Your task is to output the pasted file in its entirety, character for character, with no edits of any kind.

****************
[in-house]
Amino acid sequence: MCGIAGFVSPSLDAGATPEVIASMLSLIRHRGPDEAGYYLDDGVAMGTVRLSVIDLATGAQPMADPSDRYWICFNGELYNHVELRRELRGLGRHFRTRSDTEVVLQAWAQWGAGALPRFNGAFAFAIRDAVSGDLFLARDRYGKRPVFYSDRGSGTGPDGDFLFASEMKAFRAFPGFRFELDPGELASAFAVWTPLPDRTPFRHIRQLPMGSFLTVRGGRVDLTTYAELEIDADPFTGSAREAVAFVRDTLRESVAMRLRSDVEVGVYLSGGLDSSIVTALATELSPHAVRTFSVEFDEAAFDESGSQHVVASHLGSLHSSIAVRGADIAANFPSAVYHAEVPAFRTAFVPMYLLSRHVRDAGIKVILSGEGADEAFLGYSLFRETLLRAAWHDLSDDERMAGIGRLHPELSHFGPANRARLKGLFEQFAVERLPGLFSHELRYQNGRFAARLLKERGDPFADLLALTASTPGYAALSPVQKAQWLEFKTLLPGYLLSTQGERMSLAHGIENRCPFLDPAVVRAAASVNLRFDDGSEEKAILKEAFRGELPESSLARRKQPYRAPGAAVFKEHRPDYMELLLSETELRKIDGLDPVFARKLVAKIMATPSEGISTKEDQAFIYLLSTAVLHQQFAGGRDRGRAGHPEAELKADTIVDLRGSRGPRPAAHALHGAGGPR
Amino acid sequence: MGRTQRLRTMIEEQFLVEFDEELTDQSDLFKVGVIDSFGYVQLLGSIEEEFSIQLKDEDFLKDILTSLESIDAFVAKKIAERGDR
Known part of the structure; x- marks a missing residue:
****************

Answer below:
[in-house]
Amino acid sequence: MCGIAGFVSPSLDAGATPEVIASMLSLIRHRGPDEAGYYLDDGVAMGTVRLSVIDLATGAQPMADPSDRYWICFNGELYNHVELRRELRGLGRHFRTRSDTEVVLQAWAQWGAGALPRFNGAFAFAIRDAVSGDLFLARDRYGKRPVFYSDRGSGTGPDGDFLFASEMKAFRAFPGFRFELDPGELASAFAVWTPLPDRTPFRHIRQLPMGSFLTVRGGRVDLTTYAELEIDADPFTGSAREAVAFVRDTLRESVAMRLRSDVEVGVYLSGGLDSSIVTALATELSPHAVRTFSVEFDEAAFDESGSQHVVASHLGSLHSSIAVRGADIAANFPSAVYHAEVPAFRTAFVPMYLLSRHVRDAGIKVILSGEGADEAFLGYSLFRETLLRAAWHDLSDDERMAGIGRLHPELSHFGPANRARLKGLFEQFAVERLPGLFSHELRYQNGRFAARLLKERGDPFADLLALTASTPGYAALSPVQKAQWLEFKTLLPGYLLSTQGERMSLAHGIENRCPFLDPAVVRAAASVNLRFDDGSEEKAILKEAFRGELPESSLARRKQPYRAPGAAVFKEHRPDYMELLLSETELRKIDGLDPVFARKLVAKIMATPSEGISTKEDQAFIYLLSTAVLHQQFAGGRDRGRAGHPEAELKADTIVDLRGSRGPRPAAHALHGAGGPR
Amino acid sequence: MGRTQRLRTMIEEQFLVEFDEELTDQSDLFKVGVIDSFGYVQLLGSIEEEFSIQLKDEDFLKDILTSLESIDAFVAKKIAERGDR
Known part of the structure; x- marks a missing residue: